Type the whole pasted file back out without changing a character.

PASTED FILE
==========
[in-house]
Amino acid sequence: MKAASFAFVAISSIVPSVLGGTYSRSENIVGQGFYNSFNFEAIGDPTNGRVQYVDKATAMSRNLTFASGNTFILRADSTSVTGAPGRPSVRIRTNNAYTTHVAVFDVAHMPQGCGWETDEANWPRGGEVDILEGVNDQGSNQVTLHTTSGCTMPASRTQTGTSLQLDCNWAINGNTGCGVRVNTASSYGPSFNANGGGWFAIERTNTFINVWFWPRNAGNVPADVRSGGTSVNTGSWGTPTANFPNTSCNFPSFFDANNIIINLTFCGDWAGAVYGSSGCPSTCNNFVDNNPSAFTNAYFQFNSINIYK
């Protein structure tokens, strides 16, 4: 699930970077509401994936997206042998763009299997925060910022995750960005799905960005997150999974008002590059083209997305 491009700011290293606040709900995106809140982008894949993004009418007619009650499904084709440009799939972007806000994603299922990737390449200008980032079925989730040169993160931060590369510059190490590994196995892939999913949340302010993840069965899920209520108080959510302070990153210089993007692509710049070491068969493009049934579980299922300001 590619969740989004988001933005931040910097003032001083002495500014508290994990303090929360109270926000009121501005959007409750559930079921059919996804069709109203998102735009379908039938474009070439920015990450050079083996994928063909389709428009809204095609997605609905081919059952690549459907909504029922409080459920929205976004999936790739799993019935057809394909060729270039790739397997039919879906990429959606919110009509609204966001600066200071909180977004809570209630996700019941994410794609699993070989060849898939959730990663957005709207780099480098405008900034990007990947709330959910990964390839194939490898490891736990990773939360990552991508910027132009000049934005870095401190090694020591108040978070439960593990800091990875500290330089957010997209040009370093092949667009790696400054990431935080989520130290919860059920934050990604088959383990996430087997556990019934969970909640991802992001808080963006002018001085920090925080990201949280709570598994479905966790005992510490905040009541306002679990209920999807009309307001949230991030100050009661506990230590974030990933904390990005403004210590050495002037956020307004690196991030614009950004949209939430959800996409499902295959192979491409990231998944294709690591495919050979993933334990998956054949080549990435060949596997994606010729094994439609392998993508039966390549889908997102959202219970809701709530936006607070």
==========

[in-house]
Amino acid sequence: MKAASFAFVAISSIVPSVLGGTYSRSENIVGQGFYNSFNFEAIGDPTNGRVQYVDKATAMSRNLTFASGNTFILRADSTSVTGAPGRPSVRIRTNNAYTTHVAVFDVAHMPQGCGWETDEANWPRGGEVDILEGVNDQGSNQVTLHTTSGCTMPASRTQTGTSLQLDCNWAINGNTGCGVRVNTASSYGPSFNANGGGWFAIERTNTFINVWFWPRNAGNVPADVRSGGTSVNTGSWGTPTANFPNTSCNFPSFFDANNIIINLTFCGDWAGAVYGSSGCPSTCNNFVDNNPSAFTNAYFQFNSINIYK
């Protein structure tokens, strides 16, 4: 699930970077509401994936997206042998763009299997925060910022995750960005799905960005997150999974008002590059083209997305 491009700011290293606040709900995106809140982008894949993004009418007619009650499904084709440009799939972007806000994603299922990737390449200008980032079925989730040169993160931060590369510059190490590994196995892939999913949340302010993840069965899920209520108080959510302070990153210089993007692509710049070491068969493009049934579980299922300001 590619969740989004988001933005931040910097003032001083002495500014508290994990303090929360109270926000009121501005959007409750559930079921059919996804069709109203998102735009379908039938474009070439920015990450050079083996994928063909389709428009809204095609997605609905081919059952690549459907909504029922409080459920929205976004999936790739799993019935057809394909060729270039790739397997039919879906990429959606919110009509609204966001600066200071909180977004809570209630996700019941994410794609699993070989060849898939959730990663957005709207780099480098405008900034990007990947709330959910990964390839194939490898490891736990990773939360990552991508910027132009000049934005870095401190090694020591108040978070439960593990800091990875500290330089957010997209040009370093092949667009790696400054990431935080989520130290919860059920934050990604088959383990996430087997556990019934969970909640991802992001808080963006002018001085920090925080990201949280709570598994479905966790005992510490905040009541306002679990209920999807009309307001949230991030100050009661506990230590974030990933904390990005403004210590050495002037956020307004690196991030614009950004949209939430959800996409499902295959192979491409990231998944294709690591495919050979993933334990998956054949080549990435060949596997994606010729094994439609392998993508039966390549889908997102959202219970809701709530936006607070």